On the Road: Musicians’ Touring Memories

Apr 8, 2021

On the Road: Musicians’ Touring Memories

Our next concert, On the Road, pays homage to Tafelmusik’s history of tour and travel. Bringing our concerts around the world is part of our organization’s legacy—and, something we’re greatly missing at this time.

In advance of this concert, we asked our musicians to share with us some of their fondest memories—and, some of their scariest hiccups!—while traveling around the world with our orchestra. Here are their stories.

Members of Tafelmusik in front of the Bach statue in Eisenach, during tour of the former East Germany, spring 1987
Members of Tafelmusik in front of the Bach statue in Eisenach, during a tour of former East Germany, in spring 1987.

Charlotte Nediger, harpsichord

My strongest memories of touring are of a performance at the Odeon of Hordes Atticus in Athens in 1997, and our tour of East Germany in 1987. The Odeon is an ancient stone amphitheatre built into the side of the hill leading to the Acropolis, built in 161 AD and restored (without its original cedar roof) in the 1950s. Our concert took place on a clear moonlit night, and the sense of history was overwhelming: our “early” music felt very modern in this context. The East German tour was a chance to experience a much more recent history. Entering the country by train, somehow the world around us shifted from colour to black-and-white. It was remarkably powerful to share music with audiences who had learned to show little expression in their faces, but who listened with an intensity that was palpable to an extent that I hadn’t experienced before, nor have I experienced since. It was clear that hearing live music was a lifeline, so much more than an evening’s entertainment.

Tafelmusik rehearsing at the Odeon of Herodes Atticus amphitheatre at the base of the Acropolis in Athens
Tafelmusik rehearsing at the Odeon of Herodes Atticus amphitheatre at the base of the Acropolis in Athens.

Marco Cera, oboe

My strongest memory of touring is of a particularly hot summer in the ancient town of Rieti, central Italy, near Rome. Tafelmusik performed at the Teatro Flavio Vespasiano, the city's theatre and opera house, built in the late 19th century. We played music from Italian operas, which was very appropriate for the location. The absence of air conditioning in the theatre contributed to giving both us and the audience a full historical, authentic experience. It was great to be able to share the history, traditions, art, and food of my country with my Canadian colleagues!

Julia Wedman, violin

I feel incredibly blessed to have joined Tafelmusik when I did. I have so many unforgettable memories, from my first Asia tour where I was so jet-lagged that I thought I couldn’t play the concert  (“Just go off stage if you need to throw up during your concerto,” advised Jeanne Lamon); to idyllic summers in Germany at our beloved Klang und Raum festival in the “haunted monastery”; to beautiful pre-concert walks in the botanical gardens of Australia.

But one of the most enlightening experiences happened a few concerts into my first Japan tour. After the performance, I was frustrated and sad: the audiences were so quiet that I felt like we were not deeply connecting with them—and, we were playing our memorized The Galileo Project program! A sure win! We trade off on press duties, and it was my turn to sign CDs after the Kyoto concert. To my shock and delight, there was an enormous line-up waiting for us, full of fans who could not wait to talk to us in vivid detail about how what they loved about our performance! I will never forget a pregnant woman who was completely overwhelmed by the concert, her first experience with baroque music. She was giddy with excitement and wanted to talk to us about so many things that her husband literally had to drag her away! I remember thinking, that little baby’s life just changed that day. It was a dramatic reminder that every audience is different, and we never know whose lives we will touch with our music.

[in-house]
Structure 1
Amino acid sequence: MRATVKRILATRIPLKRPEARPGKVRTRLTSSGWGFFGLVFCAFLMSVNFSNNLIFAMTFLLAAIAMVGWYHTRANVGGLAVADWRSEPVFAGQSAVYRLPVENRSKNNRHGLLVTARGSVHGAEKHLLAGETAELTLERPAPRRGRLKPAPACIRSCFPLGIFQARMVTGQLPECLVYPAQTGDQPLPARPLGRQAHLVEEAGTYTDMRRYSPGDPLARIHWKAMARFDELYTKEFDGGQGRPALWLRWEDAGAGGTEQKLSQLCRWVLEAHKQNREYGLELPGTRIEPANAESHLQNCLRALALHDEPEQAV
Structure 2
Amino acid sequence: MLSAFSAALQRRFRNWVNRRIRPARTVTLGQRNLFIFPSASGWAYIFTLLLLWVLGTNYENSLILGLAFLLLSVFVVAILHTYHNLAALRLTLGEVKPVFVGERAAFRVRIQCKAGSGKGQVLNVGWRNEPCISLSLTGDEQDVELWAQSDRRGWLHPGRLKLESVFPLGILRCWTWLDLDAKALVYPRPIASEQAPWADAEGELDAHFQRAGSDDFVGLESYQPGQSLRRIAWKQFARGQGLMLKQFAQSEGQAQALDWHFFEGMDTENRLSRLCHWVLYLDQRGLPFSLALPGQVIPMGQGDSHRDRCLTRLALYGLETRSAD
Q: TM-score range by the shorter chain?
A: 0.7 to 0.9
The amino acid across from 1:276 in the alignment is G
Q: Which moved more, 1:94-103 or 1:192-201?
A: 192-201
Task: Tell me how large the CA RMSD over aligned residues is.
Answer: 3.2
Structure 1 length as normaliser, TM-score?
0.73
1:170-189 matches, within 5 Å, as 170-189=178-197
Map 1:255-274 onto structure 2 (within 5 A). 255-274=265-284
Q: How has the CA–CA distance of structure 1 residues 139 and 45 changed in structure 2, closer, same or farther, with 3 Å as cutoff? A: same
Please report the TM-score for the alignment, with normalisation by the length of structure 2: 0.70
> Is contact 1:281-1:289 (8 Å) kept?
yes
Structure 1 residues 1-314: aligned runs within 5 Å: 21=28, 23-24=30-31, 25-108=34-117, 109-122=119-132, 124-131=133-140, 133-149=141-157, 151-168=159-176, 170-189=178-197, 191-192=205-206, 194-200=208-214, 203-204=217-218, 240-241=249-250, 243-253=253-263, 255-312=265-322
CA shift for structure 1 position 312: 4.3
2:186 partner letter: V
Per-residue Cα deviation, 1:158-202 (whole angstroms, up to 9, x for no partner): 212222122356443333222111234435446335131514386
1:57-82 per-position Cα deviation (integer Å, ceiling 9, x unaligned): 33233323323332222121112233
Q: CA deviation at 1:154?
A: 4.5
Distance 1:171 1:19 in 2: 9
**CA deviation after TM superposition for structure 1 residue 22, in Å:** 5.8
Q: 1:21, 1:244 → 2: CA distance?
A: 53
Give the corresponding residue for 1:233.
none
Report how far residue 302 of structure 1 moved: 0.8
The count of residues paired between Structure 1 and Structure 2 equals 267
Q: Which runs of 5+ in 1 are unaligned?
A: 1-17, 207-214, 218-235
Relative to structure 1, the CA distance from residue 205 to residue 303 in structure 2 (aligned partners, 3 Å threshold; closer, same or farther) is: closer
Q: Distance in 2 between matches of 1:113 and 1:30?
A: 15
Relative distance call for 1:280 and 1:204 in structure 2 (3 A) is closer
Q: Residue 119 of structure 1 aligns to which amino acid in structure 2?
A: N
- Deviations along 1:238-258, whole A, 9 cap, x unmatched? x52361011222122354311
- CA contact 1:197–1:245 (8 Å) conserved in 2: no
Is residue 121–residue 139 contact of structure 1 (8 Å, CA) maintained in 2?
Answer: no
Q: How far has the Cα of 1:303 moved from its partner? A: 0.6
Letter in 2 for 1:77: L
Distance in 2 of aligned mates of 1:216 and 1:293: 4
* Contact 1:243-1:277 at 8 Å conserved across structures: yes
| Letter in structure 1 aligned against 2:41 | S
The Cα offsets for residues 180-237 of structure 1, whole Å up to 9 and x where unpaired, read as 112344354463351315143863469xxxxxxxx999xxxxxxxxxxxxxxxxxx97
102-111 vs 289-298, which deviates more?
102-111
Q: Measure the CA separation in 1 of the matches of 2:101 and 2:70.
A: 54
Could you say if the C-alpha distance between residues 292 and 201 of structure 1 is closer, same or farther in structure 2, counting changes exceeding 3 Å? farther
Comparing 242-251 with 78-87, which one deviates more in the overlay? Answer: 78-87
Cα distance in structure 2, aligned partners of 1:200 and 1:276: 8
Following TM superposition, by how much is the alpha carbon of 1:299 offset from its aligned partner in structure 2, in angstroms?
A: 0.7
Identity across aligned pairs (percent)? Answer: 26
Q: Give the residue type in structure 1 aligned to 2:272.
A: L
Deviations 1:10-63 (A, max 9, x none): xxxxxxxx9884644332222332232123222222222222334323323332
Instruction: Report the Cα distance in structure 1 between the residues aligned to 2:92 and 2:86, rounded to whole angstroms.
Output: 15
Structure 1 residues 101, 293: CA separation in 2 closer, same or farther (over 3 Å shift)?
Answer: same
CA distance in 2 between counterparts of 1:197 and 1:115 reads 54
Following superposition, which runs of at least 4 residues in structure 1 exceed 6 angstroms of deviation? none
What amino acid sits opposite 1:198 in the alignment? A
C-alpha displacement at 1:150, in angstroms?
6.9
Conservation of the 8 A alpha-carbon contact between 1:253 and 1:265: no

The Orchestra posing with the statue of Johann Sebastian Bach at St. Thomas Church, Leipzig, 2014.
The Orchestra posing with the statue of Bach at St. Thomas Church, Leipzig, June 2014.

Keiran Campbell, violoncello

In early fall of 2019, I was lucky to be part of a recording session and tour of Europe with Jordi Savall and Le Concert des Nations. The tour started with a week of recording Beethoven Symphonies 1, 4, and 5, in a castle built in 886 by Wilfred the Hairy. We lived in the castle itself during the recording process, which made the fact that the sessions usually took place from 5pm to around 12 or 1am a little less painful. These sessions were followed by massive dinners, and they were capped off with a dizzying amount of wine, which may or may not have been the reason that our days started so late…

After the sessions were finished, we set off on the tour, which took us to Italy, France, Germany, and back to Spain. Along the way, we had a few afternoons off, which is one of my favourite things about touring: I absolutely love being able to wander around a city that is often brand new to me, knowing that I will likely be in a completely different country the next day. In various cities in Italy, I compared a lot of gelato (Ferrara was the clear winner); in Paris I had escargot for the first time (very good); in Frankfurt I met up with an old cellist friend; and in Barcelona I went to breakfast at La Xampanyeria, which serves bocadillos (which I can only describe as the most incredible version of a bodega breakfast sandwich) paired with Cava. All of this, together with the experience of playing Beethoven Symphonies under the baton of one of my musical heroes, was wonderful.

Lucas Harris, theorbo